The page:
(Thanks for the typo spotting; fixed.)
The $. behavior here is correct, if highly magical. Perl is keeping track of a property of an object that doesn't exist any more.
(Or, looking at it another way, it's not magical at all: $. is a global that gets set whenever a filehandle is accesed. Even if the handle is closed, the global remains. But there's still something DWIMmish going on, because each (active) filehandle does remember its own line number, so that when you access two files in alternation, $. knows how to keep track.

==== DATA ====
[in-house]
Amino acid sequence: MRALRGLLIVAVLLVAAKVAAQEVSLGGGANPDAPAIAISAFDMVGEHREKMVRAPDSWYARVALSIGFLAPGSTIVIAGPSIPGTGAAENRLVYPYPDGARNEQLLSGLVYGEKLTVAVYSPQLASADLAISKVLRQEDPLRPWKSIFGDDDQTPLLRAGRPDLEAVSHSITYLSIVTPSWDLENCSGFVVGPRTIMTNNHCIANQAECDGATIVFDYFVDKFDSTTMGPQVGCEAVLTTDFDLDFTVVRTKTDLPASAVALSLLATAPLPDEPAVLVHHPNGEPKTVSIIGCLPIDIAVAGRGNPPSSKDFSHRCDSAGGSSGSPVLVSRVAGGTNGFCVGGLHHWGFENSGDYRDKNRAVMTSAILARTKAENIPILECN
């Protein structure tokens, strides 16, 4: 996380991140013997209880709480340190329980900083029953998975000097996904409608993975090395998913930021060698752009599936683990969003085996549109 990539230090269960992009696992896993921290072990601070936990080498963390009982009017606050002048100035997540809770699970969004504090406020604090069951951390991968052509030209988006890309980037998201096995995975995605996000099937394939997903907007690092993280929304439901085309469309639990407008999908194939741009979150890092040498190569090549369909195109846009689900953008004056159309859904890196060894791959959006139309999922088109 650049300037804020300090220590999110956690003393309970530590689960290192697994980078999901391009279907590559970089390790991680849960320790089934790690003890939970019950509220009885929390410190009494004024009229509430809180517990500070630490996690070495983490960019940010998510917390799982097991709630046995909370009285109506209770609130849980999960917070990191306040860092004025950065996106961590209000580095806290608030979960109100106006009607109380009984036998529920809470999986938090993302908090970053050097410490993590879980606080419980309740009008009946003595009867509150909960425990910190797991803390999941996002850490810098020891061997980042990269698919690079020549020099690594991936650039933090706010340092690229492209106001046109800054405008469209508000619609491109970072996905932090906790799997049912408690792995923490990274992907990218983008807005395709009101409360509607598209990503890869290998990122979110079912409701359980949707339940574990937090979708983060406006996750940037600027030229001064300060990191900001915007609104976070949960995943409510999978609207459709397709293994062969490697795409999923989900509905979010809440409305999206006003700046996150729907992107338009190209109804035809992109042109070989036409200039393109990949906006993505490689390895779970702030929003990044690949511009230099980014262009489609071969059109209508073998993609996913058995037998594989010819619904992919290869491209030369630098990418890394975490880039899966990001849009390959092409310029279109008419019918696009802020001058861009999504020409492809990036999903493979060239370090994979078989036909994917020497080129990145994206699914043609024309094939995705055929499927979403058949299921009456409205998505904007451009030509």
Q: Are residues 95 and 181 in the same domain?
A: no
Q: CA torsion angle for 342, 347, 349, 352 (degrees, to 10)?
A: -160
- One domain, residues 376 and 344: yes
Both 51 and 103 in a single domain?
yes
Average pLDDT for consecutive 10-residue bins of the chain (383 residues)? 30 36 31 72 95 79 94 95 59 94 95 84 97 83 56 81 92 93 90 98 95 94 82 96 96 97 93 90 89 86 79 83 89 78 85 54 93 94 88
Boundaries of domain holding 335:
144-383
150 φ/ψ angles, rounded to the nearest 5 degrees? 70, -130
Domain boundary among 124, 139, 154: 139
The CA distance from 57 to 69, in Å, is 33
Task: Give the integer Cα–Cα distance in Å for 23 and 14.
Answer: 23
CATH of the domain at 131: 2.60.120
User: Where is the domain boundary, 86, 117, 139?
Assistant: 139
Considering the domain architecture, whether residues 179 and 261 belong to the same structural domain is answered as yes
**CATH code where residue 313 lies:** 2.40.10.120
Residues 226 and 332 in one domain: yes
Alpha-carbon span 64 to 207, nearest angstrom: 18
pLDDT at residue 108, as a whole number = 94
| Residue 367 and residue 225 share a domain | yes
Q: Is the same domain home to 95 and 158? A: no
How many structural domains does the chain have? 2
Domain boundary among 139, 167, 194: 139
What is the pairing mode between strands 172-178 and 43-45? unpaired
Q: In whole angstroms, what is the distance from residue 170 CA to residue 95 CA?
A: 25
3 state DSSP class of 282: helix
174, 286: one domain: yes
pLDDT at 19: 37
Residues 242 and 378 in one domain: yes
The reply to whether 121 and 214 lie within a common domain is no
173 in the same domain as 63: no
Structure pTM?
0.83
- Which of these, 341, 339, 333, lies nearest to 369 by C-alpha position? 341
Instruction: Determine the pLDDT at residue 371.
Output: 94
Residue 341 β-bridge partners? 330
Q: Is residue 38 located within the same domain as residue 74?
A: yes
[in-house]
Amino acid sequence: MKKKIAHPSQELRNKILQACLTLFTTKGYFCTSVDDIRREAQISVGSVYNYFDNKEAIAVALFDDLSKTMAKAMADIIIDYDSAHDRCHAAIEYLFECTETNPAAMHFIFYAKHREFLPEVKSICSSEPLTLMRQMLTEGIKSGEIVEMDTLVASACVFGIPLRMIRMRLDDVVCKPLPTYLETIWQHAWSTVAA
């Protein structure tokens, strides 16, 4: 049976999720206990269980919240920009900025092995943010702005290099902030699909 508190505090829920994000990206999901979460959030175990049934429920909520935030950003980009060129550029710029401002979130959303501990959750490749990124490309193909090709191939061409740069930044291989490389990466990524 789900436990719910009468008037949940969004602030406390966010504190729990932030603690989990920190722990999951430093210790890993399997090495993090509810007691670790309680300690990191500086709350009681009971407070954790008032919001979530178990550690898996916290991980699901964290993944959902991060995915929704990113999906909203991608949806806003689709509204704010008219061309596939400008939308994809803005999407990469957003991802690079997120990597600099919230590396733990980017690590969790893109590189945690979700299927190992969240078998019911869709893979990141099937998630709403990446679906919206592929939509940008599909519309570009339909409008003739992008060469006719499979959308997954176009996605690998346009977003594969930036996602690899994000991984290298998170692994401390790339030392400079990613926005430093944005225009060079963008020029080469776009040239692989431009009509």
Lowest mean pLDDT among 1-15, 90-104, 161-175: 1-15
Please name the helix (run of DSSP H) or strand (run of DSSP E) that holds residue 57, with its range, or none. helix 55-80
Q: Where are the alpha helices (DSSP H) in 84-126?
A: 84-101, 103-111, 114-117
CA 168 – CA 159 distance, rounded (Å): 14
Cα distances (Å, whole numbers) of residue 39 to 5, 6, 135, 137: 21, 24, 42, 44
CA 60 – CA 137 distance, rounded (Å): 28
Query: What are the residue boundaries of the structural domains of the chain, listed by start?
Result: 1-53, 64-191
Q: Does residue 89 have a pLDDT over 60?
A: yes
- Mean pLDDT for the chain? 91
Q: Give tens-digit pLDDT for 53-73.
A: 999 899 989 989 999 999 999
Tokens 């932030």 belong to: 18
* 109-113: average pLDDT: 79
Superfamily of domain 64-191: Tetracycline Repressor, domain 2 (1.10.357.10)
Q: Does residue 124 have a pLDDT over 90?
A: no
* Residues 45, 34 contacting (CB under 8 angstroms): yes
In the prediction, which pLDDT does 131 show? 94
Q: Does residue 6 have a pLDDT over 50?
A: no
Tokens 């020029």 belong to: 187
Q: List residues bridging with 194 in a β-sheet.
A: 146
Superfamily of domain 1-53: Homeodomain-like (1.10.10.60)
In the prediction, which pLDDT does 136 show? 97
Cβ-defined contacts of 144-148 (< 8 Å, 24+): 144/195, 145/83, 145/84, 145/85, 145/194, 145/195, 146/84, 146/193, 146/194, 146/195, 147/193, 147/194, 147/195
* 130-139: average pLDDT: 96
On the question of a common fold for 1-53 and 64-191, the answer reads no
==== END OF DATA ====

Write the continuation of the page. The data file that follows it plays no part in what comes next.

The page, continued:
s/line number/record number/g for exactness.)